We are also welcome on the many boat trips that depart from the harbour.

Nacho is wearing Ralph & Co

Next stop was the pretty spa town of Harrogate which is famous for its Victorian architecture, beautiful flower gardens, and Betty's Tea Rooms (sorry no dogs allowed at Betty's 😢)

Before discovering all that Harrogate had to offer, we decided to set ourselves up for the day with a hearty brunch.
On the outskirts of the town centre you will find Brew Bar which is a fabulous dog friendly neighbourhood cafe.
We were made to feel so welcome at Brew Bar and the humans loved their brunch dishes. A must visit if you are in the area and it's just a short walk through a park into town from there.

With our bellies full, we then explored the beautiful town and did some shopping in the many dog friendly stores.
As mentioned earlier, Harrogate is home to the original Betty's Tea Rooms but dogs are not permitted at any of their locations and they do not have any outdoor seating. If you want to sample their famous delights, you can get a takeaway to enjoy in one of the pretty town centre gardens.
We actually struggled to find any dog friendly afternoon teas but eventually found Mamma Doreen's Emporium had a few tables outside (albeit on a busy roadside).

On your way to or from Harrogate, be sure to stop off at the very beautiful Knaresborough to see the viaduct and Mother Shipton's Cave.

The Bike and Boot Inn, Scarborough

Archie joined us for the next leg of the tour, which began in Scarborough.

Scarborough is a typical English seaside resort with a large sandy beach, a long promenade and lots to see and do.
We particularly enjoyed the beach, sections of which welcome us all year round, including the part pictured above. We also liked to ride on the tram which takes you from the top of Scarborough down to the seafront.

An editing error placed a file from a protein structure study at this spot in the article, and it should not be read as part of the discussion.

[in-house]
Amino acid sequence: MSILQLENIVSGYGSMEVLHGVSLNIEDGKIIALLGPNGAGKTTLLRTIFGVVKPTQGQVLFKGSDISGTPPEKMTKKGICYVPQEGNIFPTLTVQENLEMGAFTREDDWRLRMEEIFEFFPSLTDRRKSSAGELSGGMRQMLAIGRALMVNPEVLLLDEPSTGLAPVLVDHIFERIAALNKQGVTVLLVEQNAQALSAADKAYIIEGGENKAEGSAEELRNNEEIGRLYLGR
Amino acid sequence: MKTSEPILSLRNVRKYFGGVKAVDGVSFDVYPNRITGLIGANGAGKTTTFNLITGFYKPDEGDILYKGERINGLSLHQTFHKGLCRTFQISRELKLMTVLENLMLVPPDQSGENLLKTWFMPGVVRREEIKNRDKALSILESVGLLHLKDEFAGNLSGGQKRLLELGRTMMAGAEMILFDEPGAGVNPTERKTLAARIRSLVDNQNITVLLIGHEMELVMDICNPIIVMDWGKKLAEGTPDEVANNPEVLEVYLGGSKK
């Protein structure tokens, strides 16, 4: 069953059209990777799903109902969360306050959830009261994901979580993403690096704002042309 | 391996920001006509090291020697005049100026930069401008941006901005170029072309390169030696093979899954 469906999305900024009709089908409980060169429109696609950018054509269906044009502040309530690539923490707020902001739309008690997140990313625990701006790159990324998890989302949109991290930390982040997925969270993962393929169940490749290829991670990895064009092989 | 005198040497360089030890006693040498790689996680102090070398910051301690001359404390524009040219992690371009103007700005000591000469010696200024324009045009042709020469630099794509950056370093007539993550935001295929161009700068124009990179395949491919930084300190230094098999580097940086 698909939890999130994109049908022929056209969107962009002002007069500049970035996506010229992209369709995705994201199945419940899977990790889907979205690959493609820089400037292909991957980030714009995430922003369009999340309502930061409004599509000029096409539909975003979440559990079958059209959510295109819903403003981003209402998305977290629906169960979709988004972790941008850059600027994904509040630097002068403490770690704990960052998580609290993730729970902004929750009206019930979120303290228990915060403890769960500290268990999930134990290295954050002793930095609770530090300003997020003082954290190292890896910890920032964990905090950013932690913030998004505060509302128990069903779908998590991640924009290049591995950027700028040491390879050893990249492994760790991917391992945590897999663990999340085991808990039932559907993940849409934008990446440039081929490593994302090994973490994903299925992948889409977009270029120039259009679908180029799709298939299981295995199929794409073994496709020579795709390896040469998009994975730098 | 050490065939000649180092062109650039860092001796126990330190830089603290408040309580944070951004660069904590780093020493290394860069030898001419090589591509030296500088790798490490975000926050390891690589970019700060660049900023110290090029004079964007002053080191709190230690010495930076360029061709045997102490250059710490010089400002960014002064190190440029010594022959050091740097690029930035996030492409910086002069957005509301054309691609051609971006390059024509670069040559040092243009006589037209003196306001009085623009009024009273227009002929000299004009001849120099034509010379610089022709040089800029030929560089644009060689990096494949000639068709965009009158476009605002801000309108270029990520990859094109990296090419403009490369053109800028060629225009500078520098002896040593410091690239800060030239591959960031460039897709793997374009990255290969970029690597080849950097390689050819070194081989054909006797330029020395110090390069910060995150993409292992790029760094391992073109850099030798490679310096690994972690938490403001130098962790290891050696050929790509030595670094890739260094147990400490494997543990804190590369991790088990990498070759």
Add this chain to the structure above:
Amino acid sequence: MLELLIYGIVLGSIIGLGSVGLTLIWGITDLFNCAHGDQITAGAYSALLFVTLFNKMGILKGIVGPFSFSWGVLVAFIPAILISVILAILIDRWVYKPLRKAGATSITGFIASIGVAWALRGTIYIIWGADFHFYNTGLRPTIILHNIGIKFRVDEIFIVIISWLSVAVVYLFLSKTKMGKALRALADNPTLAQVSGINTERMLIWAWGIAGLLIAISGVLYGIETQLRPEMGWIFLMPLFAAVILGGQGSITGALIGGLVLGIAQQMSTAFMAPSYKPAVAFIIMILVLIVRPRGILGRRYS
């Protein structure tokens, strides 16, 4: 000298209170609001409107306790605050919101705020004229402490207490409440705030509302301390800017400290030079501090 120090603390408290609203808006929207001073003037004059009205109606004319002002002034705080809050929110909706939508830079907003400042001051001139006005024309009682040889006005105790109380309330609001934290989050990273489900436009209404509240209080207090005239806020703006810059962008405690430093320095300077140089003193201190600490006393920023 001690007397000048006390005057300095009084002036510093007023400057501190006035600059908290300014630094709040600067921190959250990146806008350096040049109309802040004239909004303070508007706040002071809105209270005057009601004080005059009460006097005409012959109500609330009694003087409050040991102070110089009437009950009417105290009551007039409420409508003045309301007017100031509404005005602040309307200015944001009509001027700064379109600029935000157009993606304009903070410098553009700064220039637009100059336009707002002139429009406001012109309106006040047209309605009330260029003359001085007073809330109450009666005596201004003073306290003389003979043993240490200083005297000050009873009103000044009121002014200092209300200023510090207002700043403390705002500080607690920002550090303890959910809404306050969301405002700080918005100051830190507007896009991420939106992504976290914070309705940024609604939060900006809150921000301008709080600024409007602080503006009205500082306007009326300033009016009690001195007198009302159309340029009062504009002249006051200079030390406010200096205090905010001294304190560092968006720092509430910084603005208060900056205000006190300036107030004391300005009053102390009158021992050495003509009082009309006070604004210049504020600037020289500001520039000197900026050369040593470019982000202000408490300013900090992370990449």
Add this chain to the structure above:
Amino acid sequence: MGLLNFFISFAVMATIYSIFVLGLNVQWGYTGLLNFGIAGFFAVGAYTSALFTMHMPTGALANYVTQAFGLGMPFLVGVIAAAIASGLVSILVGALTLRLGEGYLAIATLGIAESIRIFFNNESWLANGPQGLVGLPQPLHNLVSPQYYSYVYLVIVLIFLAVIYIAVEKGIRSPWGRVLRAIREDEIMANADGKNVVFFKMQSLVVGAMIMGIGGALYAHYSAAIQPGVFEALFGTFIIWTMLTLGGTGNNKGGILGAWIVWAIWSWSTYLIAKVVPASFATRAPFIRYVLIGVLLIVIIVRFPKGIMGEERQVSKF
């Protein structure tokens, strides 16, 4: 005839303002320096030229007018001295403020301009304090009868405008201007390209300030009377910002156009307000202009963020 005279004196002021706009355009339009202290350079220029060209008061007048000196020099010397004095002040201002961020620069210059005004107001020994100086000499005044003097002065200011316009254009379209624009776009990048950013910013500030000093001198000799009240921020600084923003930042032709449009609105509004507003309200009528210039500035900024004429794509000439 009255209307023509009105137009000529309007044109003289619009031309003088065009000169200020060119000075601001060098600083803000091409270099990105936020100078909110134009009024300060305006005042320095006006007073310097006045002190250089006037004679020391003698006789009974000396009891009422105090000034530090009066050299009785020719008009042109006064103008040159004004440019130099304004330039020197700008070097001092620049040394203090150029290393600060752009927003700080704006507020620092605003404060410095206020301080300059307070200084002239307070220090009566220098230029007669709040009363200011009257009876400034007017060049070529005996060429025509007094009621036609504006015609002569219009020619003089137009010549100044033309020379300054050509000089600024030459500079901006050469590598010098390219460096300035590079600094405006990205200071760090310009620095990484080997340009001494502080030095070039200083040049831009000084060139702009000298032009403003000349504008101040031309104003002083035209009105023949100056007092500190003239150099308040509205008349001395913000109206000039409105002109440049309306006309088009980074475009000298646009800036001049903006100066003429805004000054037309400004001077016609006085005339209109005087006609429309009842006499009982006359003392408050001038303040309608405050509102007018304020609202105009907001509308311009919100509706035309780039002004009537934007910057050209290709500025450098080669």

We stayed at The Bike and Boot Inn in Scarborough which is so dog friendly it even has its own dog grooming area! It's like a spa weekend for dogs!
The rooms at the Bike and Boot are spacious and super comfy and there is a fridge so we had somewhere to keep our Butternut Box.
The hotel is situated at the top of the cliffs so has an excellent view of the sea.
We doggies are welcome throughout the hotel including the bar areas and restaurant so you can join the humans when eating and drinking (which ours like to do a lot of)!
The restaurant Bareca serves food all day and the humans said everything was delicious.
A new Bike and Boot Inn opens in the Peak District in November 2022! Look out for our review once we have been there.

No dog can visit North Yorkshire without stopping off at the market town of Malton which was voted UK's most dog friendly town in 2018.
The town is small but has some cute cafes and boutique shops to explore and lots of treats on offer for four legged friends.

We had a wonderful lunch at The Talbot in Malton which welcomes us in the bar area and outdoor areas.
The garden has fantastic views over the valley and the humans said the food was worthy of a Michelin Star.
Four legged foodies can also stay the night at The Talbot.
Across from the hotel you will find Talbot Yard with more foodie options, including yummy ice cream from Groovy Moo.

Our Yorkshire adventure was epic and we highly recommend our pals visit the area soon.
You can find more information here and Canine Cottages have some great guides from locals too.